Google Scrambles to Patch Buffer Overrun Exploit in Android G1

By Clint Boulton  |  Posted 2008-10-27

Google Scrambles to Patch Buffer Overrun Exploit in Android G1

The T-Mobile G1 smart phone has not even been on the market for one week, but a security expert has already found a significant flaw in the Google Android software that fuels it.

The vulnerability, first reported in The New York Times, allows a hacker to hijack a Web browser on a G1 gadget. A user with malicious intent could capture users' user names and passwords for accessing Web sites, such as bank accounts, online retail sites and online auctions.

"I can basically do anything the Web browser has permission to do," said Charlie Miller, principal analyst at Independent Security Evaluators, who wrote an exploit for the flaw based on the Android SDK (software developer kit) Google released to open source. "I can read text messages, read their cookies, see their passwords, watch them surf the Web and watch what they type."

If he wanted to, he could also surf the Web on a user's G1 from his own computer, and make a user think they are going to a banking site when they're really going to his site.

Miller told Google about the flaw Oct. 20, two days before the G1 launched in T-Mobile stores and to customers. Miller said Google didn't want him to tell anyone else about the flaw until there was a fix available, but he said that could take months from now because they have to get T-Mobile involved, among other steps in the process.

"It seems to me, if I'm going to shell out $200 for this thing, I have the right to know if there is a problem," Miller said. "I'm sure they're going as fast as they can, but people have a right to know there is a problem. If you think there is no problem, then you are going to act one way with your phone, but if you know there is a problem that's not fixed yet, maybe you'll be a little more careful."

Google is indeed hard at work on a fix. Google said:

"We are working with T-Mobile to include a fix for the browser exploit, which will soon be delivered over the air to all devices, and have addressed this in the Android open-source platform. We treat all security matters seriously and will carefully work with our partners to investigate and update devices periodically to reduce our users' exposure."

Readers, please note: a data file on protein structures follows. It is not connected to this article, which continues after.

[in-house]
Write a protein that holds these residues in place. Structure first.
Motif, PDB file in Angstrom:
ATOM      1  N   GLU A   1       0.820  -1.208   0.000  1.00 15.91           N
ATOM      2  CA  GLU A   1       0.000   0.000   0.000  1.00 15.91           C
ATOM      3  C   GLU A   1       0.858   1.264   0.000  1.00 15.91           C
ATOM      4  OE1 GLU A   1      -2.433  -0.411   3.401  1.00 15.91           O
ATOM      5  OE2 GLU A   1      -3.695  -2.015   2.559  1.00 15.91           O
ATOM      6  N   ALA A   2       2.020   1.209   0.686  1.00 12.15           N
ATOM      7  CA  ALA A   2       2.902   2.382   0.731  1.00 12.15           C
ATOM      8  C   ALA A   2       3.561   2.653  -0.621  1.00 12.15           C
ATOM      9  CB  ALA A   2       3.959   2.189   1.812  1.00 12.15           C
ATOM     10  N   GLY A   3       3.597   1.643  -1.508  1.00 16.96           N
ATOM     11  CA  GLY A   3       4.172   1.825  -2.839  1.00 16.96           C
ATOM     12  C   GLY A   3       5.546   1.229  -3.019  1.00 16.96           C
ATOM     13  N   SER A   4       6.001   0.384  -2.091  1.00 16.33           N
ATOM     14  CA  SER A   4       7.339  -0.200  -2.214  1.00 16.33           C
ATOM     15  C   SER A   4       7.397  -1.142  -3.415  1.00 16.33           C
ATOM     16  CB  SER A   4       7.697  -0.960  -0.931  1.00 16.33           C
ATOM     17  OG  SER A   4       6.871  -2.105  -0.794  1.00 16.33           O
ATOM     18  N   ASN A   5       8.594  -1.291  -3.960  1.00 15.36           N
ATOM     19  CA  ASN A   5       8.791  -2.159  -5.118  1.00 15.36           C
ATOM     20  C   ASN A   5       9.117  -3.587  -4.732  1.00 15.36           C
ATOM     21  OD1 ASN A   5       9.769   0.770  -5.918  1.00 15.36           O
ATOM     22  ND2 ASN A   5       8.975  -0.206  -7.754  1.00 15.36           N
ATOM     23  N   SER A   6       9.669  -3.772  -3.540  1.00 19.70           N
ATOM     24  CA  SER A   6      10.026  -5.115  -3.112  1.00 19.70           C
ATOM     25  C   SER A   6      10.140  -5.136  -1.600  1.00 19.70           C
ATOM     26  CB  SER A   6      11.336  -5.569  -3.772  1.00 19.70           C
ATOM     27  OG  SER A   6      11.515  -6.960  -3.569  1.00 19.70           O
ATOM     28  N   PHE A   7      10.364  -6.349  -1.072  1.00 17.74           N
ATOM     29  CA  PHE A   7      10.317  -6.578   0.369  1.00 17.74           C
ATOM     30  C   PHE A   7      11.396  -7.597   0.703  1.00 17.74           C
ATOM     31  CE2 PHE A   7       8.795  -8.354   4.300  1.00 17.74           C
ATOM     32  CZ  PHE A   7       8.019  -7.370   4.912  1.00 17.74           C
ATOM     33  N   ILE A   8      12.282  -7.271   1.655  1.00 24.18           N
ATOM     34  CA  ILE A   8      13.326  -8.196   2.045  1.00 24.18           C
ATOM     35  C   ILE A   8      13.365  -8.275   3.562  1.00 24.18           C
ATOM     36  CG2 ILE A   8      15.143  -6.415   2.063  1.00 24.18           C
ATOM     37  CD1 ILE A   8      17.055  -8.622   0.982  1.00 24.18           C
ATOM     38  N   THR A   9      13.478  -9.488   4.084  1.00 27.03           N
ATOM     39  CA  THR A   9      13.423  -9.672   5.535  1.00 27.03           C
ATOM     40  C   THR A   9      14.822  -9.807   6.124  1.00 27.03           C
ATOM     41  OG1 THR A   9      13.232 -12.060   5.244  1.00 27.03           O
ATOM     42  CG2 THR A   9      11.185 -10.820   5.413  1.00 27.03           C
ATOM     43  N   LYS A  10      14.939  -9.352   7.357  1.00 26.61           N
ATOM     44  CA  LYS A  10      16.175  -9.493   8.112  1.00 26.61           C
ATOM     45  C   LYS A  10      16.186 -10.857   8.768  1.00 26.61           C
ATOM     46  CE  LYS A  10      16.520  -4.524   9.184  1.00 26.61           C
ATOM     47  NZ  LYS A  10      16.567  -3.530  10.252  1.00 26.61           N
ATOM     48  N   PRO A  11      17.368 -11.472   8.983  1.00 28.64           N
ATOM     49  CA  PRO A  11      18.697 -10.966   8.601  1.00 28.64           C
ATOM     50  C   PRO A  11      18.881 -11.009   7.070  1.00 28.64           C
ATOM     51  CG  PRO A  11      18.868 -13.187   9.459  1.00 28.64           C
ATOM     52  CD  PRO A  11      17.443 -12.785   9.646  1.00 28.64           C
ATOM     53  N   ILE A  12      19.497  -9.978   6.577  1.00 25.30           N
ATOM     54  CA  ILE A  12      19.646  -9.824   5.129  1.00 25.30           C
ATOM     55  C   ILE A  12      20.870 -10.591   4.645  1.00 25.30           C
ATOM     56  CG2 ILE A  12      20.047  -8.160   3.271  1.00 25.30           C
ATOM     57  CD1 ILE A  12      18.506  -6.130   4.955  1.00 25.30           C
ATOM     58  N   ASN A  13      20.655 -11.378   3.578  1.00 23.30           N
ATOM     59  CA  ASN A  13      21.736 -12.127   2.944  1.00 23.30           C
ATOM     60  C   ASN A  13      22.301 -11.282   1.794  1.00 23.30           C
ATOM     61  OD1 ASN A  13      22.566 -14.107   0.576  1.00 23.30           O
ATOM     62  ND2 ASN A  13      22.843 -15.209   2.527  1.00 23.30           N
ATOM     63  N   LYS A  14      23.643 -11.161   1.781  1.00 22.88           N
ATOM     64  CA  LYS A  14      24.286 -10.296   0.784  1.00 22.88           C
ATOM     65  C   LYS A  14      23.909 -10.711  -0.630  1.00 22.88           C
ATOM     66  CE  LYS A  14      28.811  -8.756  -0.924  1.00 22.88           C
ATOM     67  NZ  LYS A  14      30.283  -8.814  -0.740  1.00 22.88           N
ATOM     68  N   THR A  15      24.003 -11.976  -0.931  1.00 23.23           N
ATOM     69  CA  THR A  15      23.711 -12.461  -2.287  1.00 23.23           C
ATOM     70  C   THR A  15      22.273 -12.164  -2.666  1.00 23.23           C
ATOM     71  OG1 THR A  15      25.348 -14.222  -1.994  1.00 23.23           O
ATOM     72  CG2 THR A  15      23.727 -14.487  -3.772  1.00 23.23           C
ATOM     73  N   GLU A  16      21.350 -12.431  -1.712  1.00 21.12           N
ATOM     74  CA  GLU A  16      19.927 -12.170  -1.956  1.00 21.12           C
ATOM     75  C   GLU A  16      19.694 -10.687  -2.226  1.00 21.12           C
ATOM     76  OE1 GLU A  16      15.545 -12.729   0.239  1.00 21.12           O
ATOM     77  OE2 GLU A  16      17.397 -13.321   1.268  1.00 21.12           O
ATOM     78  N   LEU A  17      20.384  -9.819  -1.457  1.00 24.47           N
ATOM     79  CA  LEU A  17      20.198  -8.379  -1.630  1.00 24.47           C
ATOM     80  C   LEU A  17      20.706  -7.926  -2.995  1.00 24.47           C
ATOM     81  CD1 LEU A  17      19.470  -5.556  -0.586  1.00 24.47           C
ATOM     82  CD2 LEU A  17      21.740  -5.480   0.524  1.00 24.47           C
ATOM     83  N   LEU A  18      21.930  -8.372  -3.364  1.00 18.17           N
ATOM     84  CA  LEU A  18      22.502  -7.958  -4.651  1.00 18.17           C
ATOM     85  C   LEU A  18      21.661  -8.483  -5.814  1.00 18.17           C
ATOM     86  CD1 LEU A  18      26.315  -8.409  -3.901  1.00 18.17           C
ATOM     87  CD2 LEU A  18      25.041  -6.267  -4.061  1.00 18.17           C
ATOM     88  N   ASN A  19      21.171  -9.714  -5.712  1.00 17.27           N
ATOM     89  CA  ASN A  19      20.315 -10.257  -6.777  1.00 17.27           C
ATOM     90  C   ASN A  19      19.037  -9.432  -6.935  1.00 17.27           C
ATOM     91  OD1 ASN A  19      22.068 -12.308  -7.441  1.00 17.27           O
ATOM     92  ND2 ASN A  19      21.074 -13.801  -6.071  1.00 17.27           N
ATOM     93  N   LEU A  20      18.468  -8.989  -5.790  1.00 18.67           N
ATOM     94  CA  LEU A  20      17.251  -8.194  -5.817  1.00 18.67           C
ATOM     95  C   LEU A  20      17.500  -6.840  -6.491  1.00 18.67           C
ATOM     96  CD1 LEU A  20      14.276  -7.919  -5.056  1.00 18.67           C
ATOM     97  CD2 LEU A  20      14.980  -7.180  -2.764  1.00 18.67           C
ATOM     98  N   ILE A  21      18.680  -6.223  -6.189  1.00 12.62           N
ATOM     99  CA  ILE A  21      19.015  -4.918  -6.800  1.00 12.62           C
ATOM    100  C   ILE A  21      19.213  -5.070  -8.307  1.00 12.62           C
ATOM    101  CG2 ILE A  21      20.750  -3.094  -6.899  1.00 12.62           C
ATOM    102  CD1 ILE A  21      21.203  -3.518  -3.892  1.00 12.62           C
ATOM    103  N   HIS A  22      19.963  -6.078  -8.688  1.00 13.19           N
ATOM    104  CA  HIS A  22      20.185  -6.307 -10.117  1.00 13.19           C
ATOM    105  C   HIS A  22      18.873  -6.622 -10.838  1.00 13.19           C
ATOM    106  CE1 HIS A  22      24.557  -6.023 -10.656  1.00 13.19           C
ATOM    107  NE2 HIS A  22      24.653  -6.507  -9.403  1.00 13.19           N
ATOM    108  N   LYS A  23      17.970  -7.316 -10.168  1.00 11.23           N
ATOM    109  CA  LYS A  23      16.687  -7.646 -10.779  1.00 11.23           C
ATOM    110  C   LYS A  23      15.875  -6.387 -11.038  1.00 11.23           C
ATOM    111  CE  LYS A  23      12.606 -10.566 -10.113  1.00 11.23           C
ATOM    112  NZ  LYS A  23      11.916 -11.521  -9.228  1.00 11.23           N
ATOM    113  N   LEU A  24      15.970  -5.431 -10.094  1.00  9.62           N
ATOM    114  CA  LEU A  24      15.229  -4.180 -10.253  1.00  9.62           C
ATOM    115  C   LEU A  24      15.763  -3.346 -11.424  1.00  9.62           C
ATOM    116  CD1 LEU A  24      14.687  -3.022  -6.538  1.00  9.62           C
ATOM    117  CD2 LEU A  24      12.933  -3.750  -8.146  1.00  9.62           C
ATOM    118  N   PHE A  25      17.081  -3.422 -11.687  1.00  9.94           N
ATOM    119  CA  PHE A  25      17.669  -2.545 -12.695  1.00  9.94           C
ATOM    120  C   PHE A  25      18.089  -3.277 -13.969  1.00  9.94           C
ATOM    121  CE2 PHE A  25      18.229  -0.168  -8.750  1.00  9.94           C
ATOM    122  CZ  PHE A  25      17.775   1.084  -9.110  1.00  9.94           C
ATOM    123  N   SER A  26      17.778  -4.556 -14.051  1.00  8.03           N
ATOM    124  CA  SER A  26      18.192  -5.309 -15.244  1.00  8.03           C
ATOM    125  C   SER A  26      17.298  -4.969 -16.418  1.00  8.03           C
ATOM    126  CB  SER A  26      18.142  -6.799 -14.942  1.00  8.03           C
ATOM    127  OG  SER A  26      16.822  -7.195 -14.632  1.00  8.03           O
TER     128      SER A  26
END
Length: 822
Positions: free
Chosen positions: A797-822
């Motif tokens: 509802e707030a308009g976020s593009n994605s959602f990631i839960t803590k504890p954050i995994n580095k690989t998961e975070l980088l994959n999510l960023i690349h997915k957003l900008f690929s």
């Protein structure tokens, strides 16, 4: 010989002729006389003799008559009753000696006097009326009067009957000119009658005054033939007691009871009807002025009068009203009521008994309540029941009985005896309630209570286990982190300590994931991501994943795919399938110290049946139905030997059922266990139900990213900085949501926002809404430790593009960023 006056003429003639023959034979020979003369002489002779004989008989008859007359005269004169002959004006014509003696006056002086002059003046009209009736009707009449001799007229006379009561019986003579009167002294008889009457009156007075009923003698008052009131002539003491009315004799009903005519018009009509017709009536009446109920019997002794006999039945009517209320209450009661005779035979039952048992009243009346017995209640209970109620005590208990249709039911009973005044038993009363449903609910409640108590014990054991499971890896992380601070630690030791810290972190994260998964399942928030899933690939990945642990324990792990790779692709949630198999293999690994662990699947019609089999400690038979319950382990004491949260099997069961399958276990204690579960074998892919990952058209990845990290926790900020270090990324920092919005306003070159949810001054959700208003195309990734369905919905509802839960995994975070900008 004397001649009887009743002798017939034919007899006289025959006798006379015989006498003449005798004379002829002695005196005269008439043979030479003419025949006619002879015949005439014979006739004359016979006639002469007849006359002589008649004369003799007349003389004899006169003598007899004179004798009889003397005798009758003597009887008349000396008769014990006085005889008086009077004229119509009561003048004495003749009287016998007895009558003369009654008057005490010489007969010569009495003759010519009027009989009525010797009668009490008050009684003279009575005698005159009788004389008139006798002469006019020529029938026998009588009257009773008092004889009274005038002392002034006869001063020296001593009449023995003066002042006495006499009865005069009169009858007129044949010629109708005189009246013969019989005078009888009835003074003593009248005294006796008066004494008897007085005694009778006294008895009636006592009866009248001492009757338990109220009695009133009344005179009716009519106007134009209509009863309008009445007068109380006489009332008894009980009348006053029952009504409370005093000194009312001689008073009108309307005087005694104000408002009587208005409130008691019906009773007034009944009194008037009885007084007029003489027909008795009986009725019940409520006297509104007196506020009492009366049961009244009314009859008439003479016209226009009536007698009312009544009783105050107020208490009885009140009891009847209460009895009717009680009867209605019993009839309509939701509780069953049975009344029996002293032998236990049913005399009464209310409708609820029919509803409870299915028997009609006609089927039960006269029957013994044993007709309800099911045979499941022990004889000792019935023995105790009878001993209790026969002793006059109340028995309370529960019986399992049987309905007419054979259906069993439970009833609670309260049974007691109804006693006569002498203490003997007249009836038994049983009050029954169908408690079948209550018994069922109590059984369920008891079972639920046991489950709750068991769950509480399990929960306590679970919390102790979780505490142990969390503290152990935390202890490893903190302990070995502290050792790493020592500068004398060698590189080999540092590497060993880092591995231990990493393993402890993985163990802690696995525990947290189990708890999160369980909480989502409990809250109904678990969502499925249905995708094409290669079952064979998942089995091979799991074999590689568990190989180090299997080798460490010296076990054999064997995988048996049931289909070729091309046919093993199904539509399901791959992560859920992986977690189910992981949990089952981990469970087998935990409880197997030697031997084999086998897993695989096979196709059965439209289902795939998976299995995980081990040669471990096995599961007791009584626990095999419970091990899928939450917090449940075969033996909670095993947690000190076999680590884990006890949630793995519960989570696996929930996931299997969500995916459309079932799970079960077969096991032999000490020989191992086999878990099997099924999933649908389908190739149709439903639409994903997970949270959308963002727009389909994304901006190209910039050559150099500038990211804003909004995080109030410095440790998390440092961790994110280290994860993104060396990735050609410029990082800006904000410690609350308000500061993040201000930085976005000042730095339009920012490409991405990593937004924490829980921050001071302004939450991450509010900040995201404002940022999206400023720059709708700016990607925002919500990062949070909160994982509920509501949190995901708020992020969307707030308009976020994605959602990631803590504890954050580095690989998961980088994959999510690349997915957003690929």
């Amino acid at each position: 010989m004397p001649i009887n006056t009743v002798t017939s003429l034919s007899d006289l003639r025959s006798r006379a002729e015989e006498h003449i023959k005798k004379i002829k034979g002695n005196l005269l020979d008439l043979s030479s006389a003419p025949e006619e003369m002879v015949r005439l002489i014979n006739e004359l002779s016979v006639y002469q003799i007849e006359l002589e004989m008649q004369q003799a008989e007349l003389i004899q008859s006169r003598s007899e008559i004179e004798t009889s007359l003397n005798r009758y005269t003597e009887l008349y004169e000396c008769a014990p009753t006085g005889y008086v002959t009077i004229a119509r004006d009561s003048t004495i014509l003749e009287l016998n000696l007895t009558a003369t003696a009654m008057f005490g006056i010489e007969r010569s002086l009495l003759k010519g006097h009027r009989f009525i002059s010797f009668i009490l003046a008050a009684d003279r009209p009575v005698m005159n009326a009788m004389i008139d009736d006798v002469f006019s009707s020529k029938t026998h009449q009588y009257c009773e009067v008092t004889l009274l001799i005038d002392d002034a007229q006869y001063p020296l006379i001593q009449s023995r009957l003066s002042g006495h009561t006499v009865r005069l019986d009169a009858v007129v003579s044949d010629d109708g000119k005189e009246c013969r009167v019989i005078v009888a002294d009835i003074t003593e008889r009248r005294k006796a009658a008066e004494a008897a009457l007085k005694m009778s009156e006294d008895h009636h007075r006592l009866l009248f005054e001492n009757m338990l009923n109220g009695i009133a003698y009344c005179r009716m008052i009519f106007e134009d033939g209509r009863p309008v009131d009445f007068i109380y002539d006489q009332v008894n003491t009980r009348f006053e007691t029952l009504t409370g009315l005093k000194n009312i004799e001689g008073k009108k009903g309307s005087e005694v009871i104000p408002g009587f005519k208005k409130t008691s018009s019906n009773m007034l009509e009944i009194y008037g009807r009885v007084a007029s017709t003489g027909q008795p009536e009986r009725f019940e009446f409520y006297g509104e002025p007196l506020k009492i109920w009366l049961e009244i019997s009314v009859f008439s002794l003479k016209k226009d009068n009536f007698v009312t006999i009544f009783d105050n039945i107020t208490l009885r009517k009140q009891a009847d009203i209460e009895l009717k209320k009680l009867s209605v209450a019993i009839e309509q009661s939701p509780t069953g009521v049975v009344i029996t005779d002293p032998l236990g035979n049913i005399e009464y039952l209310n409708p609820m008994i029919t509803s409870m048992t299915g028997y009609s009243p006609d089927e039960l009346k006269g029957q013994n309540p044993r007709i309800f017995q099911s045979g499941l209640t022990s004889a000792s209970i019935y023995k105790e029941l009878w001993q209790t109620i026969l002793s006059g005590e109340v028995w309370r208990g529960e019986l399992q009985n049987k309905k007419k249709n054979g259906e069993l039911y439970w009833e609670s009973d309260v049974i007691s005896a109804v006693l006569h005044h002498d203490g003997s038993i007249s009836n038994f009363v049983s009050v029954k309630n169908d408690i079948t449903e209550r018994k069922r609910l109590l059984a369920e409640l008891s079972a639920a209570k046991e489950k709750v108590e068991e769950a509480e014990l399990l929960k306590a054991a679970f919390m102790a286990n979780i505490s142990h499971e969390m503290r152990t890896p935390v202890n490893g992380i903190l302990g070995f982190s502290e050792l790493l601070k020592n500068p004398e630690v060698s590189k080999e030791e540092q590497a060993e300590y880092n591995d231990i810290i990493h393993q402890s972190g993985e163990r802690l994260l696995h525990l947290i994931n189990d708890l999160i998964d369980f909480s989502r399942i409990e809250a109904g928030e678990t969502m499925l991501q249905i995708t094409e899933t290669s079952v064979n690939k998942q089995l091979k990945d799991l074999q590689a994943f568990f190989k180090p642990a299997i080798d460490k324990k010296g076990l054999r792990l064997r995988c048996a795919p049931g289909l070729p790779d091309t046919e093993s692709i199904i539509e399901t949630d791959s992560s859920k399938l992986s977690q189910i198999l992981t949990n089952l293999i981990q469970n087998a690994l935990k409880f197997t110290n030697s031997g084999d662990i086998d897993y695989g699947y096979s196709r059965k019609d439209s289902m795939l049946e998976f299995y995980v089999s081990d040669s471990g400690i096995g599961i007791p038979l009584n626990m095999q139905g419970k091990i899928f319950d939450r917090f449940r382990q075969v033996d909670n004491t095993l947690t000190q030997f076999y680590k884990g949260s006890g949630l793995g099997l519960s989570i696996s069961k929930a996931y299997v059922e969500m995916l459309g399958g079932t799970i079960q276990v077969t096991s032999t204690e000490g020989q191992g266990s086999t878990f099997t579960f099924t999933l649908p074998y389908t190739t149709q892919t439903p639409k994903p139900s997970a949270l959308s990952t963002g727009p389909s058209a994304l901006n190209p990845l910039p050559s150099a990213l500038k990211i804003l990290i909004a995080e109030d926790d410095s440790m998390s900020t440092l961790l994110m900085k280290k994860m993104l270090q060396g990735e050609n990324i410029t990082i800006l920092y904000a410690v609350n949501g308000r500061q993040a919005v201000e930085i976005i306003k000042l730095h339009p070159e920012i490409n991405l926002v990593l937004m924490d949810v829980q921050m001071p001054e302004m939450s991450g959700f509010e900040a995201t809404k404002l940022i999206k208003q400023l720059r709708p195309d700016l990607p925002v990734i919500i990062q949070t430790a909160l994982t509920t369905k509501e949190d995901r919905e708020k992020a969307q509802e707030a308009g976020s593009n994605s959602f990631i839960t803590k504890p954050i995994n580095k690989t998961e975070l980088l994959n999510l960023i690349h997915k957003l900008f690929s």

Android Flaw Is a Buffer Overrun

The G1, which sells for $179, is designed to compete with Apple's iPhone for this holiday season.

The smart phone's success is being closely watched by industry experts closely tracking the growth of the Android platform, on which hangs Google's plans for mobile search and advertising dominance.

The flaw, known in security circles as a buffer overrun, exists in one of the 80 open-source components of the Android SDK, which was released nearly a year ago, Miller said.

Normally, the exploit he created would enable him to access a lot, but he said Google has designed Android to make sure "it's not the end of the game if you do that." For example, Miller said he can't read a user's e-mail or dial the phone.

To keep technical details of the exploit hush-hush, Miller declined to say which of the components in the SDK he discovered the flaw in, though he said it exists in an older version of the open-source component.

For some reason, he said, Google used a dated version of the component that has the flaw. "They used the old, vulnerable version. Whether they knew that or not, I don't know."

So how did Miller, who regularly looks for such flaws, find the bug? This story is a story in itself.

The analyst said he downloaded the Android SDK, which has an emulator to simulate what will be on an actual Android-based device. He wrote an exploit for the emulator, though he couldn't be sure whether it would work on the G1.

But Miller wasn't a T-Mobile customer, so he couldn't preorder the G1. To get his hands on the gadget, Miller searched on eBay and found a T-Mobile employee who was selling his G1.

He bought it and was able to get the gadget a week before the Oct. 22 release date. He found the flaw and reported it to Google Oct. 20, two days before the G1 release date.

"Thanks to the power of eBay, I had it like five days before anybody else," Miller said.

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